Disappointingly, Francisco's not insane or hideously deformed or anything like that, he just lost his nerve in the bullring and ended up paralysed because of it, and decided it would be better for Luiz to think he was dead.  "Look into my eyes," he tells Strait, "do you recognise what you see? The worm of fear!"

Mr Wormy Eyes
Francisco thought hiding himself away would prevent the worm infecting his son, but Strait harshly informs him that it's actually had the opposite effect.  Still, knowing his dad's alive after all spurs Luiz onto a splendid performance in the ring.  Hurrah.

The explanations of what's going on in The Bullfighter are laughably unconvincing, but that's gothic melodrama for you.  It's unusual enough to remain interesting throughout, the small scale of the drama making an enjoyable change from the usual espionage-type stuff.

Also departing a bit from its usual style tonight is The Human Jungle, focusing on two contrasting disturbed patients, rather than the usual one.

There's an especially gripping start to this week's episode.  A young woman, Fay Bridges (Reggie Perrin's Pauline Yates) arrives home to find the lights aren't working.  She calls out to her husband but there's no answer, though we can see a man skulking in the darkness, heading upstairs.   Fay hears sobbing coming from her young son's room and tries the door, but it's locked.  Turning round she sees the scary man (her husband David) advancing up the stairs with a belt...

Fay consults Dr Corder, begging him to give her the strength to leave her abusive husband, which somehow she's just unable to do.  Strangely, she seems to expect him to be able to do this in just the one session, and becomes distraught on learning that's just not the case.

Meanwhile, Jimmy Davis is stumped by the case of a new mother, Doreen Stokes (Susan Burnet) who's determined that her baby be adopted, claiming the hovel she lives in just isn't good enough for it.  Here she is having a fag against a backdrop of spectacular 60s NHS posters.

Jimmy's investigations reveal that far from living in grim surroundings, Doreen and her husband (Minder's Glynn Edwards) live in the whole top floor of her mother's perfectly nice house.  And far from them being poor, her husband earns over £20 a week (!).  So what's the real reason she doesn't want the child?

As Jimmy tries to get to the bottom of this, Fay Bridges is admitted to hospital after being assaulted.  She won't admit it, but it's obvious who the culprit is.  David visits her alongside his domineering parents (Frederick Piper and Beatrice Varley).  He's a frightening, silent character, and strangely, he's not even credited (if anyone recognises the actor I'd love to know who he is).

After initially refusing to see Dr Corder again, Fay secretly meets up with him and reveals an alarming fact about her marriage: she had initially had doubts about marrying David, but his parents sent her to a psychiatrist, who rapidly hypnotised them out of her - she'd been expecting Corder could do the same to get her to leave her husband.  Corder's horrified that Fay's had such a cowboy rooting about in her mind, and having taken over the case of Doreen Stokes, sends Jimmy to track down this  unscrupulous character, who goes by the name of Algernon Wirral.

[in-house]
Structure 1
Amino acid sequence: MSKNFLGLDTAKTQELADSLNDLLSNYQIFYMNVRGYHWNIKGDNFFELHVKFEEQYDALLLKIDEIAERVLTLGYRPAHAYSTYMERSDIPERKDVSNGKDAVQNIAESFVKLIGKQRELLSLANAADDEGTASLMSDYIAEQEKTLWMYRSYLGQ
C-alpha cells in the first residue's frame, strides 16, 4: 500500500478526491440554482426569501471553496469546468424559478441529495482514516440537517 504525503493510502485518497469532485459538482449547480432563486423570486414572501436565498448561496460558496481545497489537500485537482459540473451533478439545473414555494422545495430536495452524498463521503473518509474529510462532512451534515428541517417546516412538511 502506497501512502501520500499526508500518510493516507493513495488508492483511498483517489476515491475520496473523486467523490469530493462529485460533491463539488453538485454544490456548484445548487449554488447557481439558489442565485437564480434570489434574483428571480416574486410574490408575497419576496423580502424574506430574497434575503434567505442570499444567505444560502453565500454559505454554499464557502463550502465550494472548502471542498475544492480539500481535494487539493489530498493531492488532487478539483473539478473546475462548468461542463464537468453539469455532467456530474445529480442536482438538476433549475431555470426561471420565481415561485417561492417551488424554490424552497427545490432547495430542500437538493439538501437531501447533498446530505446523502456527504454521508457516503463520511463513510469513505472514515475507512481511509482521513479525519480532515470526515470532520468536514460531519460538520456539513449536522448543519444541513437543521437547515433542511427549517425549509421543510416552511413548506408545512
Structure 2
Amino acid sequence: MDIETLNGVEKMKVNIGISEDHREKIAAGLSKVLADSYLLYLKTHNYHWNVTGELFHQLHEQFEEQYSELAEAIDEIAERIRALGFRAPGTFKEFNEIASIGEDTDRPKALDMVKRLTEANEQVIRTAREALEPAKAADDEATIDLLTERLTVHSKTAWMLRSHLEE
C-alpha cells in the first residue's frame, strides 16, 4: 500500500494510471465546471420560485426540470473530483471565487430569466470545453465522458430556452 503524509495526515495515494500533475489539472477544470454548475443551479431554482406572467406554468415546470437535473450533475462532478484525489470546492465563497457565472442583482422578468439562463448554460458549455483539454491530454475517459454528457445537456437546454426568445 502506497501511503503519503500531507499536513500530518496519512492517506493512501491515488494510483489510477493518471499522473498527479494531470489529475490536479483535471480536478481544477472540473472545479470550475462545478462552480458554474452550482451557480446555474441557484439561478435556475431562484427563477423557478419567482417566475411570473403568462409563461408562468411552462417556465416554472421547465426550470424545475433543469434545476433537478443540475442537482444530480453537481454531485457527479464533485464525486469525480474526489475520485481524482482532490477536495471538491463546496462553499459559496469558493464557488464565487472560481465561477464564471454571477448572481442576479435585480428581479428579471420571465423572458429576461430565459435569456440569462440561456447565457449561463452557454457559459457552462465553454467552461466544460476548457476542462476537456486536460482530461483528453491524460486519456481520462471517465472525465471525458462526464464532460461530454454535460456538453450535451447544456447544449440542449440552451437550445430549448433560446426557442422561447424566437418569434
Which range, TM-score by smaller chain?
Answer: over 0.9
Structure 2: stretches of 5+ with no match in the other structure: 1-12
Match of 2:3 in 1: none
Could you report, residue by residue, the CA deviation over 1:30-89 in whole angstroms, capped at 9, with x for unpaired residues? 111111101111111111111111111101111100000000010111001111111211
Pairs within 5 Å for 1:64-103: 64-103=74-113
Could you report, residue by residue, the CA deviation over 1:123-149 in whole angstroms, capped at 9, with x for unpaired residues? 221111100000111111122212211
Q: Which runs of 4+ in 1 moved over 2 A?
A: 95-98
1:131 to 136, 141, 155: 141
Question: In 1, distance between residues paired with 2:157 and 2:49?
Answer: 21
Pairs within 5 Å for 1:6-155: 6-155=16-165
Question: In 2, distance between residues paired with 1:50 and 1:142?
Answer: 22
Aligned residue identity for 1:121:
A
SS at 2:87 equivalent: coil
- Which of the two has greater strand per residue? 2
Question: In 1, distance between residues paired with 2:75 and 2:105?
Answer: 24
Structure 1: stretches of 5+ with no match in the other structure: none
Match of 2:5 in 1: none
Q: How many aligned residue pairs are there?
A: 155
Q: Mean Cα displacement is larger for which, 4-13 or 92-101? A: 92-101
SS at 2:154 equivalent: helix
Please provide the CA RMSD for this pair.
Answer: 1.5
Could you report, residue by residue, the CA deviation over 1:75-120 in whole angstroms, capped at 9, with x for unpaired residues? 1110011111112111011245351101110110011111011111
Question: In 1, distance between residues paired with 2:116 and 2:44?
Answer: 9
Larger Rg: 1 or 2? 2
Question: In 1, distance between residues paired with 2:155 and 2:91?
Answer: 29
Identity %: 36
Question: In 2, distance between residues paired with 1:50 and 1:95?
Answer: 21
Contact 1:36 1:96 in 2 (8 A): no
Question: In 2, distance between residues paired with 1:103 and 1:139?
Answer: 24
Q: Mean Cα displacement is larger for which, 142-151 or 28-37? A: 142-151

Corder himself tries out a spot of (responsible) hypnotism on Doreen, and learns that the root of the rejection of her child is the secret happiness she felt at age six when her brother died.  She was overjoyed that she'd now be the centre of attention, and the coming of her baby now has stirred up subconscious worries that it'll steal the limelight from her.

Doreen's deeply upset to learn she has these feelings, but Corder sets her on the path to dealing with them and accepting her baby.  Fay's case might be trickier: it turns out that Algernon Wirral isn't a psychiatrist at all but a confidence trickster and bigamist currently in Wandsworth Prison.  He's played by the wonderful Roger Delgado with a great deal of roguish charm (it's a refreshing change to see him playing something other than a generic foreign baddie).  Seeing Delgado as a wicked but charismatic hypnotist serving time at Her Majesty's Pleasure should be especially resonant for Doctor Who fans.  "I think she was quite my most successful client" says Wirral of Fay.  "Financially?" asks Jimmy, contemptuously.  "My dear fellow," responds a bemused Wirral, "How else does one measure success?"

David's parents paid Wirral £50 to ensure Fay married their son - a dangerous paranoiac who's now been readmitted to a mental hospital.  In a wonderful display of blazing indignation from Herbert Lom Corder turns the full force of his wrath on them, scandalising the awful Mrs Bridges: "At least that Mr Wirral was a gentleman!"

The Two Edged Sword's a fantastic episode with superb dialogue (from star writer Bill McIlwraith) and performances - though Fay's storyline could easily have been extended to fill the whole episode, with David built up into more of a proper character and more screen time for the gleefully amoral Mr Wirral.  

In between dealing with the problems of Fay and Doreen we're treated to another endearing glimpse of Corder's home life, focusing as usual on overprotective daughter Jennifer's fearsome inability to cook.

I'm sad to say that next week's episode will be the last in the current series of The Human Jungle.  Don't miss it, I know I won't.